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I have a converter AC- DC and intend to power the building from transformer to building.  Using the Menards connectors which I will cut at one end,  Which wire is positive and which is negative.  Second question, I would like to start the forklift action when a boxcar pulls into the siding.  I intend to active this with an insolated rail or an IFR.  I am not sure how to proceed since the building is DC and track power is AC.  Would a relay be the answer?  Thanks for your help.

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This may help your thoughts even though not exactly what you want to do.  In my version, the car lights at the crossing are track powered through the AC/DC-DC converter.  The trigger is an isolated rail which does the crossing gates/lights and the car.  But, using this method in your application will turn on the whole building and the fork lift, I think, which is not what you want.  But further isolating the circuitry(and trigger) for the fork lift in some manner might be the solution.  


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Art, I’m sure with help from the expert forum members here, you could separate the forklift circuitry from the lighting, and turn them on individually.  It will take looking into the soft underbelly of the building and performing some surgery, however.  May not be for the faint of heart, but a cool modification, if one was willing to tackle it.  I have cut the access holes in the bottom of Menards buildings much larger in order to gain access to change lighting configurations.  Ya just have to go for it.  

I had no clue what you were talking about when you said "forklift" so I googled Menards forklift and got lucky.  So we're all on the same page, is this the item in question?


What exactly is this AC-DC converter you have?  Is this a Menards wall-wart adapter?

menards 1a ac-dc wall wart

Pending clarification, I think John H above has the solution...sharing AC and DC common.  This means no relay required.  We can clarify what/how following confirmation of exactly what you have.


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Last edited by stan2004
@Art Lites posted:

... Using the Menards connectors which I will cut at one end,  Which wire is positive and which is negative. 

barrel screw terminal adapter

Not clear when you say "cut at one end" if you mean the connector on the building or the connector on the transformer.  In any case, there are screw-terminal adapters that fit the coaxial-barrel connector used in Menards buildings.  Male and female versions.   From my understanding of what you have and are trying to do this would mean you wouldn't have to cut into any power cords.  Of course the biggest "problem" with this is if you only need 1 of these screw-terminal adapters you end up paying way more for shipping than the adapter itself!  Frustrating!


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Thanks Menards I was planning to reduce volts to 4.5 DC.  I just don't want multiple wall worts and I want to power   several autos and future building via a single source.  I have the FEDX building and want to turn it on or off .  I guessing  that the fork lift running in and out would have a short life span.  I want to turn on forklift only when boxcar is parked outside.  Thanks Art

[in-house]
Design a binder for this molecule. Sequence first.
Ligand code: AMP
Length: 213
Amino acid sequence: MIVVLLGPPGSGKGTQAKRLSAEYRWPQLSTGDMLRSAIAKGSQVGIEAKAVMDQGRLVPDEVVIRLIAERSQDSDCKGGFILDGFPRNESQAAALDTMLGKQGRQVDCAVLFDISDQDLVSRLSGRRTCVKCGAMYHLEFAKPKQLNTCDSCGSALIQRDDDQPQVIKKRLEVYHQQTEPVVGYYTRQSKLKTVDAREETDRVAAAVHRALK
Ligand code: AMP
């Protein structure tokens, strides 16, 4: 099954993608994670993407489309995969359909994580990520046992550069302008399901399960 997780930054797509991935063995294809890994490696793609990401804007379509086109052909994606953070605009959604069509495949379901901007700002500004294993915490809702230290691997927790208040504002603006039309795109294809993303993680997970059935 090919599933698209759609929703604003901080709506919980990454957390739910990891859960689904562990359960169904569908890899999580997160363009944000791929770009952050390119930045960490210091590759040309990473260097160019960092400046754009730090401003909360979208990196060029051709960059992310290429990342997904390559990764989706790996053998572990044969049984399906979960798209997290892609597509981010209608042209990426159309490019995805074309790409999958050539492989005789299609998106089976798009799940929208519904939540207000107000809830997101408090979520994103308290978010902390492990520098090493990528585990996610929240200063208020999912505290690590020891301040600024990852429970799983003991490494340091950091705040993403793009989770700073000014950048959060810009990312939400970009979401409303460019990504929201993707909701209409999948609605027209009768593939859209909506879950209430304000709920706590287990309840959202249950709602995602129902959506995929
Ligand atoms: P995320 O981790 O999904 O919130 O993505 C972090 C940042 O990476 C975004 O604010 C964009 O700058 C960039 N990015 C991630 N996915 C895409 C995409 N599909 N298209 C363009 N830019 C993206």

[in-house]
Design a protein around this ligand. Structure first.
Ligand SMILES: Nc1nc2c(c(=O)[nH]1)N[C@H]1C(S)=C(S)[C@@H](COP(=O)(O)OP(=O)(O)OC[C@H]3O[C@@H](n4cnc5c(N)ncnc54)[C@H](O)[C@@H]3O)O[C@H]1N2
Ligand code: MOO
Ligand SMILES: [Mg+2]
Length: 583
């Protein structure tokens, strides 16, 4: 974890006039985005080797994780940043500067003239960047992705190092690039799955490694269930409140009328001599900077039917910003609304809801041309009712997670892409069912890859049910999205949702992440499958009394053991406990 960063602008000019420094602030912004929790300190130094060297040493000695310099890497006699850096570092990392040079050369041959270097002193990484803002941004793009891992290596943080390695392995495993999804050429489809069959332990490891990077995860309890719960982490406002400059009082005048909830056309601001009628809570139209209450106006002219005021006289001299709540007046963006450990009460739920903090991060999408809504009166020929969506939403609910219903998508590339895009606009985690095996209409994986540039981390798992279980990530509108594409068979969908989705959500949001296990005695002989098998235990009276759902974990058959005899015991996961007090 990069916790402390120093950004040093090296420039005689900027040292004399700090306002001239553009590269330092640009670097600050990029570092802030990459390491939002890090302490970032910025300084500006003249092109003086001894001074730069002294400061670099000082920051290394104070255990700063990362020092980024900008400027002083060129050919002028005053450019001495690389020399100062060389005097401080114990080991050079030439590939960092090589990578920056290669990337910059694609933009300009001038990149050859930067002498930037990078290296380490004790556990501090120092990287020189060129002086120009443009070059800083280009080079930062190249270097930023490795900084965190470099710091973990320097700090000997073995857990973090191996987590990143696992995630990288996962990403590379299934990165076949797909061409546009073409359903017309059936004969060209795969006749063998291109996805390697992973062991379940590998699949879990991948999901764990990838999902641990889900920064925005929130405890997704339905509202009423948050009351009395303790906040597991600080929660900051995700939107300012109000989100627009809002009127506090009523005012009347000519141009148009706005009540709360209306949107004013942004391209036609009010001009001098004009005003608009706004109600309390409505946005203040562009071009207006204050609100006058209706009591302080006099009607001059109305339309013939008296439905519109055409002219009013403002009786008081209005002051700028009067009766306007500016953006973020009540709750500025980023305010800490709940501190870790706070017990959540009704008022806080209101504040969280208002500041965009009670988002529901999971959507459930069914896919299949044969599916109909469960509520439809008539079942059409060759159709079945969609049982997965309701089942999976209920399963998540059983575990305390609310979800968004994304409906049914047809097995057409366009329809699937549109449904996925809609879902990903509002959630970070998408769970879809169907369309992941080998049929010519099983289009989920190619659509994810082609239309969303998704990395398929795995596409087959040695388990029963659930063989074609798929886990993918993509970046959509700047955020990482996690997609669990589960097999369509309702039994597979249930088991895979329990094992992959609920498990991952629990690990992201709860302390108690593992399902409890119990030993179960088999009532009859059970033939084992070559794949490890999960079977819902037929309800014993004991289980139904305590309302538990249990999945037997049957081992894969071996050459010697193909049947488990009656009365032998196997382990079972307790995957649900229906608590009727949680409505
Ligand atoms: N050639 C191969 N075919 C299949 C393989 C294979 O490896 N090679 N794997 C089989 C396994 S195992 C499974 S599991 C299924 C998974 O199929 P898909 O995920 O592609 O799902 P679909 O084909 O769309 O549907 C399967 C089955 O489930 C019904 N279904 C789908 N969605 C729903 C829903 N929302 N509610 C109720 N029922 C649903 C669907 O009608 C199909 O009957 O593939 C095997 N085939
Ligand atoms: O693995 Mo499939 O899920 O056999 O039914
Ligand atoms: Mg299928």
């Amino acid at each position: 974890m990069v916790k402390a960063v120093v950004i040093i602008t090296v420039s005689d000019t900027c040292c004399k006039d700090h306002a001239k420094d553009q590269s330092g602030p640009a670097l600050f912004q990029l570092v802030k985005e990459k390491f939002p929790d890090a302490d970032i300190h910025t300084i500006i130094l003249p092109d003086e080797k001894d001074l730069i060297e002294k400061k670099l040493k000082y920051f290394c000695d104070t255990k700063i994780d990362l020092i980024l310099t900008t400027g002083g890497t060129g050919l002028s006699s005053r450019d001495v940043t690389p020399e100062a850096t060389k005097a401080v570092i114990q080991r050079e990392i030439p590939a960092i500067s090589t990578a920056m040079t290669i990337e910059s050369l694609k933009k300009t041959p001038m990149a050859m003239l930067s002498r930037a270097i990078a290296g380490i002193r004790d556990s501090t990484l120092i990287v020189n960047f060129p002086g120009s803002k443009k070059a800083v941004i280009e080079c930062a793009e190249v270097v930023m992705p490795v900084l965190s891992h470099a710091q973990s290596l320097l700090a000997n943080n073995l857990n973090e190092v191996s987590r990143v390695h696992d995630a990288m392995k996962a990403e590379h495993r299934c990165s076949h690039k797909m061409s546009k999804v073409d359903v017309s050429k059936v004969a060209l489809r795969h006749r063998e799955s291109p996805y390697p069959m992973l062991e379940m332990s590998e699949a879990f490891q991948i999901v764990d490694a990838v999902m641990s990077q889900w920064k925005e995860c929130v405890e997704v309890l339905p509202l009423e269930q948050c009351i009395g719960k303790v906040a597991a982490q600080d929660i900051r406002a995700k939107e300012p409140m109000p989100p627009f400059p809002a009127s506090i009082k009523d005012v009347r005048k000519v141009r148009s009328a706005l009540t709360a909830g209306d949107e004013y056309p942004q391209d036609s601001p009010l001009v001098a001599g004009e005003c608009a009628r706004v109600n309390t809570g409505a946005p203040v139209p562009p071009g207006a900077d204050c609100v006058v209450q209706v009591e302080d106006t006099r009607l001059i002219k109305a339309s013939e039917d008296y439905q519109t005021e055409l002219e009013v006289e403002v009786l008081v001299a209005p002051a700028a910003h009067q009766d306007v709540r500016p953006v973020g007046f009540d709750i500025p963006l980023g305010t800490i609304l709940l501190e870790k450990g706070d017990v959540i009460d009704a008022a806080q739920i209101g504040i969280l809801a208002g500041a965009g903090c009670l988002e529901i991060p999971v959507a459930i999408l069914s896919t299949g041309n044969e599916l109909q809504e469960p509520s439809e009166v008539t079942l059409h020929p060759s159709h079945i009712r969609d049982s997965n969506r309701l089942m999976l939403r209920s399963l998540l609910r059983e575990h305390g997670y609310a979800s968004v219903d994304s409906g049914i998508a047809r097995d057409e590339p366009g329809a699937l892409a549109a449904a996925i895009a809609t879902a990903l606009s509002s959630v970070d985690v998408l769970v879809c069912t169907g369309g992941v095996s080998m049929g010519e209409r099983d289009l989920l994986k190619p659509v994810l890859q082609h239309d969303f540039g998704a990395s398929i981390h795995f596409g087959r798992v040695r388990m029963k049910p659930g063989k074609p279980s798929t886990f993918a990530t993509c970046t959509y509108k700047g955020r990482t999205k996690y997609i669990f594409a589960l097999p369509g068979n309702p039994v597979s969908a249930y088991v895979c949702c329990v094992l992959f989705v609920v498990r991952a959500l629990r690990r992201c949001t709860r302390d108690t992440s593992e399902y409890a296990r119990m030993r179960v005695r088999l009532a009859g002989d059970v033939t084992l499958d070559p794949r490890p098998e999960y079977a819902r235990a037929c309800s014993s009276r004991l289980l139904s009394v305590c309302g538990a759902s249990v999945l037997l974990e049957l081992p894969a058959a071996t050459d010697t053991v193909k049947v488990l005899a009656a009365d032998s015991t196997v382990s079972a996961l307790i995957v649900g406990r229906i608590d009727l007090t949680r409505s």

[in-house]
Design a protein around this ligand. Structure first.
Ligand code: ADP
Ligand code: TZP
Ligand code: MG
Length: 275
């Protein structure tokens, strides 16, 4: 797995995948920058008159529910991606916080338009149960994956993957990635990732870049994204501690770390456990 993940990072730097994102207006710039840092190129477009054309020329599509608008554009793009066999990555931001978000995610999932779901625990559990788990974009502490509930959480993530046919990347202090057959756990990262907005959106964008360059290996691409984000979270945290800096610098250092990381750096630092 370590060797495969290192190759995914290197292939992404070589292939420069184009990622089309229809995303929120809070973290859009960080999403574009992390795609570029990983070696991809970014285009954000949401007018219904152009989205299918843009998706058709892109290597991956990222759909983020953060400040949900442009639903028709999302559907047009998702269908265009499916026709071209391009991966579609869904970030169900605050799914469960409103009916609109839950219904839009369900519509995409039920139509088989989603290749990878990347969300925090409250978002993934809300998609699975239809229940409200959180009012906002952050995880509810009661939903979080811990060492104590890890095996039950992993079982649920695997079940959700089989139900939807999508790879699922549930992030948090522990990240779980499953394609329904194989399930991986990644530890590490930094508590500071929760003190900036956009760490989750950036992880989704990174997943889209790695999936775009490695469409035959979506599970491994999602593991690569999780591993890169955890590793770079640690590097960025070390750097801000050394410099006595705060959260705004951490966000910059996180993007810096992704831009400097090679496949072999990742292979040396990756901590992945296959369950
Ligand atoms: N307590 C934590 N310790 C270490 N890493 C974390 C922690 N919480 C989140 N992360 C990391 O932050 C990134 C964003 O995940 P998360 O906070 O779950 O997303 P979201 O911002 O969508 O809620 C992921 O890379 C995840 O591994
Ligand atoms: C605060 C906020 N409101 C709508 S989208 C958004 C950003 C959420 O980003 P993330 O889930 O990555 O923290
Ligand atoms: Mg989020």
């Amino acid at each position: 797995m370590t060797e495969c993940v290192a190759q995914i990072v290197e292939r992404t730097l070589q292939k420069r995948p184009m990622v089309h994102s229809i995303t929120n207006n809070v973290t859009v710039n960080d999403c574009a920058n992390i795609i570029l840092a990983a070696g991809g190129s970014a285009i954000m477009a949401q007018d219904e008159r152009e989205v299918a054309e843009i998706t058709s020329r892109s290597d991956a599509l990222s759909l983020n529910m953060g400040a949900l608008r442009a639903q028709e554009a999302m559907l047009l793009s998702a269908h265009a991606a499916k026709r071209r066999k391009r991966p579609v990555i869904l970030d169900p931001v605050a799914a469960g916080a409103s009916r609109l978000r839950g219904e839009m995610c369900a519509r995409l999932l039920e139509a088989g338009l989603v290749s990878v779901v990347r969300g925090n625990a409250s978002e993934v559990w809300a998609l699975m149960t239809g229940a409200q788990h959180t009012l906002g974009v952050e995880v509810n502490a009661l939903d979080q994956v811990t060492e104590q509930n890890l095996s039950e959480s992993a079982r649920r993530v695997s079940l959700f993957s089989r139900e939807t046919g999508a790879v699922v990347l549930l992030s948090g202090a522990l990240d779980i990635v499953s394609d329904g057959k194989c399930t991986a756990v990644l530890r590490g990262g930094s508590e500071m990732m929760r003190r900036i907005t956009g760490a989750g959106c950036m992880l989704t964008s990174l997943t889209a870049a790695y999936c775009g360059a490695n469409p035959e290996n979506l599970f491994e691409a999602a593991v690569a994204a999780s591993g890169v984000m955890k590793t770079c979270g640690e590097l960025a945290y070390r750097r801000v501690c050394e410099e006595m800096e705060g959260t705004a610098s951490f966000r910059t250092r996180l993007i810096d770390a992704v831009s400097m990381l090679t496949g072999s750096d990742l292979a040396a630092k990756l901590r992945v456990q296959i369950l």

If the 4.5V DC for FedEx is derived from your train transformer AC output using an AC-to-DC converter module, then you can't use the shared AC-DC common method.  You would need to use a relay.  I suggest you "dedicate" one AC-to-DC converter module to the FedEx forklift as shown below.  In other words, the FedEx forklift is now powered by 14V AC (or whatever Accessory voltage you use).

fedex forklift insulated rail triggered

Of course this means you no longer can use this AC-to-DC converter to power your 4.5V DC cars or other buildings...unless you want them to turn on/off with the FedEx building!

Add additional AC-to-DC converter modules to power the "always-on" 4.5V DC devices.

I suggest this alternative (vs. a relay) for several reasons which are technically boring and cause eye-glazing.  In addition, a suitable AC relay is ~$15 whereas an additional AC-to-DC converter module is closer to $5.


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In the future, if anyone needs to determine if a wire is polarized positive or negative, you can use your DVOM to find out. Put the meter range on DC, in a voltage range that exceeds the expected voltage.

Put the red lead (+) on what you think is the positive wire from your supply. Put the black lead (-) on what you think is the negative supply wire.  If the display indicates either + or no polarity, the red wire is on the supply positive, and the black lead is on the supply negative.

If the meter indicates  a minus sign ( - ) then you have the red lead on negative, and the black lead on positive.

Last edited by Arthur P. Bloom
@Art Lites posted:

...  I think that the constant forklift activity would be be too much.

I agree.  For example, most Lionel buildings that have electromechanical activity have 3 wires going in.  2 wires power the lights all the time in the building, and the 3rd wire activates the motion...commonly triggered by an insulated-rail section.

If anyone who has a forklift-equipped building wants to attempt a modification I think it might be fairly simple electrically.  OTOH, I understand Menards buildings can be difficult to dis-assemble.

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